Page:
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Bombs, fear and "Mamma Mia!"

Hundreds packed into a Karachi theater to see a local cast perform the hit Broadway musical.

In "Mamma Mia!," Choudhry captivated audiences with her vocal range and adaptation of the lead role.

A theater industry by Western standards may be a long way off, but Made for Stage productions, which focuses on commercial, entertaining theater, is working hard to increase its visibility. Its chief sponsorship for "Mamma Mia!" came from McDonald's.

During Zia's time, the only performing arts that were allowed were folk dance and music. Many Pakistani artists were either silenced or went into exile. It’s only in recent years that an effort has been made to make up for lost time.

The National Academy for Performing Arts, Karachi’s main theater academy, largely focuses on more serious performances than "Mamma Mia!" Its latest work was an Urdu language translation of Anton Chekhov’s "The Seagull."

Even if the scale and scope of "Mamma Mia!" was larger, Karachi, a city of anywhere between 9 and 15 million residents (depending whose statistics you believe), a performance in English priced at 1,500 rupees (about $20) can hardly be called a mainstream success.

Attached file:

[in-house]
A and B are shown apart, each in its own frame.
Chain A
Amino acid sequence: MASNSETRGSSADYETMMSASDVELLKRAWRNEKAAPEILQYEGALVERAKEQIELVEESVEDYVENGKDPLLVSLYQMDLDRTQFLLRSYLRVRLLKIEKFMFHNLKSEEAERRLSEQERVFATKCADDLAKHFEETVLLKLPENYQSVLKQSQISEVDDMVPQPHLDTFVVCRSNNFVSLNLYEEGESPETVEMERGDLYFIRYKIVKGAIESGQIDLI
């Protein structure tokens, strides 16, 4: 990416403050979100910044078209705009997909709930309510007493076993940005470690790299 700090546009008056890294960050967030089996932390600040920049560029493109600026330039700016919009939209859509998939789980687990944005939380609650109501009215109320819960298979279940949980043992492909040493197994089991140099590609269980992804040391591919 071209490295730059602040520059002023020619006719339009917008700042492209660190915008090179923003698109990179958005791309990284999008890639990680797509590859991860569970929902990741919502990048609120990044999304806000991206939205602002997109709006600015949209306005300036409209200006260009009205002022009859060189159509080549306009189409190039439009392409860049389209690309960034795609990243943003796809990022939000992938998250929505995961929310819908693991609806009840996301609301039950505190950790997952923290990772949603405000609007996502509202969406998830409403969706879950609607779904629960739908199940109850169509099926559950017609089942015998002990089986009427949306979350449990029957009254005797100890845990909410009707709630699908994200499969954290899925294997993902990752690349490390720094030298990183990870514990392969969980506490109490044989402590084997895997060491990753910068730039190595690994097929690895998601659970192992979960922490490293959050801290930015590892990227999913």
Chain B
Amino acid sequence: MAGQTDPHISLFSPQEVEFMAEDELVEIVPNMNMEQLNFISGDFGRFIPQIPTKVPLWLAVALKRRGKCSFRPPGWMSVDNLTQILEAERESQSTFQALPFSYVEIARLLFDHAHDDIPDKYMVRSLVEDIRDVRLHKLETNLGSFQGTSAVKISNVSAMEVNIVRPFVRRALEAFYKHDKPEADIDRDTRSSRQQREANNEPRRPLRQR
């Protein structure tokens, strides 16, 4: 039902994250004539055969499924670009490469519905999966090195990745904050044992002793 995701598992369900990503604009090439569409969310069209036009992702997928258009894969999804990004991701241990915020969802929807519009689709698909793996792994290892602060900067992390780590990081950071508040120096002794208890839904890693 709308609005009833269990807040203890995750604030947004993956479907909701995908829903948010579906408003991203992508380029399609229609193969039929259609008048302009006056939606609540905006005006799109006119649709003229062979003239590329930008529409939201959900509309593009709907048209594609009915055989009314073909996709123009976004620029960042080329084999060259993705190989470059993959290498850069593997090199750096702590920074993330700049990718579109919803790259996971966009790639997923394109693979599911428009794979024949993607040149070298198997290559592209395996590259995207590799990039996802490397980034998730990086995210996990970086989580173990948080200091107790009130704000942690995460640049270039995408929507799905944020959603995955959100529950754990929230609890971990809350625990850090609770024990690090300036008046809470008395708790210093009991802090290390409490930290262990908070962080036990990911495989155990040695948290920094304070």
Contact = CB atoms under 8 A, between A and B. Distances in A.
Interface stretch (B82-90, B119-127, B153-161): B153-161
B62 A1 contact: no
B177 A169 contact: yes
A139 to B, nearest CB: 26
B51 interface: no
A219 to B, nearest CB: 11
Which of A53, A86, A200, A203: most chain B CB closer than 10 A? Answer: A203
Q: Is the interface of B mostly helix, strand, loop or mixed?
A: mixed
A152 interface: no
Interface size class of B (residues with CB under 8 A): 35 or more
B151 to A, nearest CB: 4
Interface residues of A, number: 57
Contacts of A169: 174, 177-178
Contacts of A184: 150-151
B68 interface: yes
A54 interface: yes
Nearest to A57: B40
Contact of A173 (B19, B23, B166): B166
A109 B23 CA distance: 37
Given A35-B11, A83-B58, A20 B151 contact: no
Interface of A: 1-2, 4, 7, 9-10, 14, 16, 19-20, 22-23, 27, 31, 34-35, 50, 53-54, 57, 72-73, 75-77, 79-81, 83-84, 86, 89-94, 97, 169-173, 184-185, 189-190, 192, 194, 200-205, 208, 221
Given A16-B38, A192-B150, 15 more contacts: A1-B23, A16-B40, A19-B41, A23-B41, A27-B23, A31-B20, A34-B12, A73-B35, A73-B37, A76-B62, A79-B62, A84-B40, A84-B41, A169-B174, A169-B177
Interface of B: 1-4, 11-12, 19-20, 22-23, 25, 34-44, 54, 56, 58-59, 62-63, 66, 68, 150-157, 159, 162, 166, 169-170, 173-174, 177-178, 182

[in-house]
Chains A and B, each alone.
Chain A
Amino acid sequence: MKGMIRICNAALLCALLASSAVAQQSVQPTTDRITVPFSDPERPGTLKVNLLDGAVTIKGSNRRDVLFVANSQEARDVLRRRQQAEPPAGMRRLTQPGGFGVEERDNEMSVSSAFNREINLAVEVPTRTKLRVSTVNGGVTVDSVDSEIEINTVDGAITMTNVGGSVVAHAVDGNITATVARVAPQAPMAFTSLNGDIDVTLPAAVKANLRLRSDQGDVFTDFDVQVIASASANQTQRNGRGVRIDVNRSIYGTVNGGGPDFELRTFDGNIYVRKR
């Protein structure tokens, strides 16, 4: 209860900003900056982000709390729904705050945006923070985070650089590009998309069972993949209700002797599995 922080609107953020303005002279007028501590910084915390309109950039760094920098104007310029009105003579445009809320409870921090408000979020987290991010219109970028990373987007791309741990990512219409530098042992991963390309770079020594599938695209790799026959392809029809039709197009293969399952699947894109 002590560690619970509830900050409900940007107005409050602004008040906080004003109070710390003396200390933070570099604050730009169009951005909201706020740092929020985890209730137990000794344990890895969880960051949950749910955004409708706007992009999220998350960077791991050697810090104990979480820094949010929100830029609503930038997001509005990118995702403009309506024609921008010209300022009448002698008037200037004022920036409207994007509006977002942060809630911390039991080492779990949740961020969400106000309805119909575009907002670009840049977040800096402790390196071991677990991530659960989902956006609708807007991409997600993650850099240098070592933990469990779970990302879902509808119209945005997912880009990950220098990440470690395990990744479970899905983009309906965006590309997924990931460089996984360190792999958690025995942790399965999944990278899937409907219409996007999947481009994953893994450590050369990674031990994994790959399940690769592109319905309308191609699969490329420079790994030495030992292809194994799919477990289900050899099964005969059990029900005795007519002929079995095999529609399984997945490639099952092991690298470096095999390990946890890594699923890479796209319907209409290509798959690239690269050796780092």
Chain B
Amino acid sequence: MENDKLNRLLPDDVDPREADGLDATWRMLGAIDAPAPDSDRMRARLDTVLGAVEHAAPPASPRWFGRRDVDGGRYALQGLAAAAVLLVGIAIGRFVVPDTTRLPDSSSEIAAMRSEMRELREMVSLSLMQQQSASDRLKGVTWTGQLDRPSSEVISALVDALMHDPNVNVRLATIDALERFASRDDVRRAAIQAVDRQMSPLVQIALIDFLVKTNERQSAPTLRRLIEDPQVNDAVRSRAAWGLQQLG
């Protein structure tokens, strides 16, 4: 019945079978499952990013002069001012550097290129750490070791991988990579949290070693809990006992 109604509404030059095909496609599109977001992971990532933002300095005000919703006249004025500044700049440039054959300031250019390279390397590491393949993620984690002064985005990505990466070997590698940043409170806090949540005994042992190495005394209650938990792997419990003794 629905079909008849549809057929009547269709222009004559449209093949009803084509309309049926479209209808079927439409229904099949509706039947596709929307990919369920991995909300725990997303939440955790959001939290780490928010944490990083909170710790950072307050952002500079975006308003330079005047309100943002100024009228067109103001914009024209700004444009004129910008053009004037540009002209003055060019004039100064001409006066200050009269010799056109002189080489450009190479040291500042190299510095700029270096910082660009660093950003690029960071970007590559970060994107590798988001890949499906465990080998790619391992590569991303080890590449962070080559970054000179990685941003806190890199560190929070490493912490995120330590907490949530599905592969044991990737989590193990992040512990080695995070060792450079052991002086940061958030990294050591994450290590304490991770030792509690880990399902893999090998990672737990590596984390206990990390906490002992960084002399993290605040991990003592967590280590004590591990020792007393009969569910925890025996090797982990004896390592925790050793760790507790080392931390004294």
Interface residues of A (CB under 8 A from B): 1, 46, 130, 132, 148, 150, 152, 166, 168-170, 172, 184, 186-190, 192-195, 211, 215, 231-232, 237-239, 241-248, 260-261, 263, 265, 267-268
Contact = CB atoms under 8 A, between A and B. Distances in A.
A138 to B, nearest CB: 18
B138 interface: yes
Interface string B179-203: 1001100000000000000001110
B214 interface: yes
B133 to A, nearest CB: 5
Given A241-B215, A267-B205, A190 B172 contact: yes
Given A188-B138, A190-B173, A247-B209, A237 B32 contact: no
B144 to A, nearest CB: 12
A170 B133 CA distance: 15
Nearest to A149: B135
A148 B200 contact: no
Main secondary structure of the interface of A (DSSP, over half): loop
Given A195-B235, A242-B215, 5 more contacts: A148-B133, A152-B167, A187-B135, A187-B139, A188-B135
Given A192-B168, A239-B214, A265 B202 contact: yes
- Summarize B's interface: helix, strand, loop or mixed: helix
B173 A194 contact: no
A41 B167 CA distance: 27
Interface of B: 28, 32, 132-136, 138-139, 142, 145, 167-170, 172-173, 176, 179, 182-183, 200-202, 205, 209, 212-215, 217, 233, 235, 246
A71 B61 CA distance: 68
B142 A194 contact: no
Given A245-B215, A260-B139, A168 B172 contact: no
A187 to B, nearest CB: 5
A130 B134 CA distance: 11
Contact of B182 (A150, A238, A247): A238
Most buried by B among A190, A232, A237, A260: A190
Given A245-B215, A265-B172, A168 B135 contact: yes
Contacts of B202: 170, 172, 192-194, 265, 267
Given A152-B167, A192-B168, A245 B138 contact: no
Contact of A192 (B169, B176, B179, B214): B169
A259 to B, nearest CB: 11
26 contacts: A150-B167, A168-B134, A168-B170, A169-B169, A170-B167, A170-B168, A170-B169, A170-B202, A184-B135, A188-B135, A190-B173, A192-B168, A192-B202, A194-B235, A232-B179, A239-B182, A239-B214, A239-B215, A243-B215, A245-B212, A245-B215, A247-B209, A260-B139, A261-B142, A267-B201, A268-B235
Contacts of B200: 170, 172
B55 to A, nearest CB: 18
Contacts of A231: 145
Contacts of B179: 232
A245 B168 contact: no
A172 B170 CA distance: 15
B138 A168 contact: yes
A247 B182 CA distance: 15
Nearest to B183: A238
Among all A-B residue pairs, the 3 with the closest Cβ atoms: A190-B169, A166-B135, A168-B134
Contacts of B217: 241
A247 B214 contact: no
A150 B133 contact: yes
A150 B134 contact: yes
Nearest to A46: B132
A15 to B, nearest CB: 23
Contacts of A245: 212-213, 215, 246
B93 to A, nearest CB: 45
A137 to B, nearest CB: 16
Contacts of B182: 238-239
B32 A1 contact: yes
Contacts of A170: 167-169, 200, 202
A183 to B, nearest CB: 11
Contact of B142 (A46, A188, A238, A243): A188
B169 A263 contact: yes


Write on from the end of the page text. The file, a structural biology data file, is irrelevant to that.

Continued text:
To the audiences that poured in to watch "Mamma Mia!" every night for 15 nights, that seemed largely irrelevant. A happy humming cacophony of Abba tunes could be distinctly heard in the Karachi sky.

Even the city on alert with Tehrik-e-Taliban setting off bombs in public spaces across the country, didn’t dampen spirits.

Changing the mood in Pakistan — that is partly what drove Butt and her team as they staged "Mamma Mia!"

"Given all this negativity that is reigning supreme in our country, we need pockets of vibrant life and joy," Choudhry said. "On one level it destroys that negativity, it breaks its hold ... I’ve absolutely no issues if the Taliban are around the corner. It makes me want to get on stage even more and shake it out."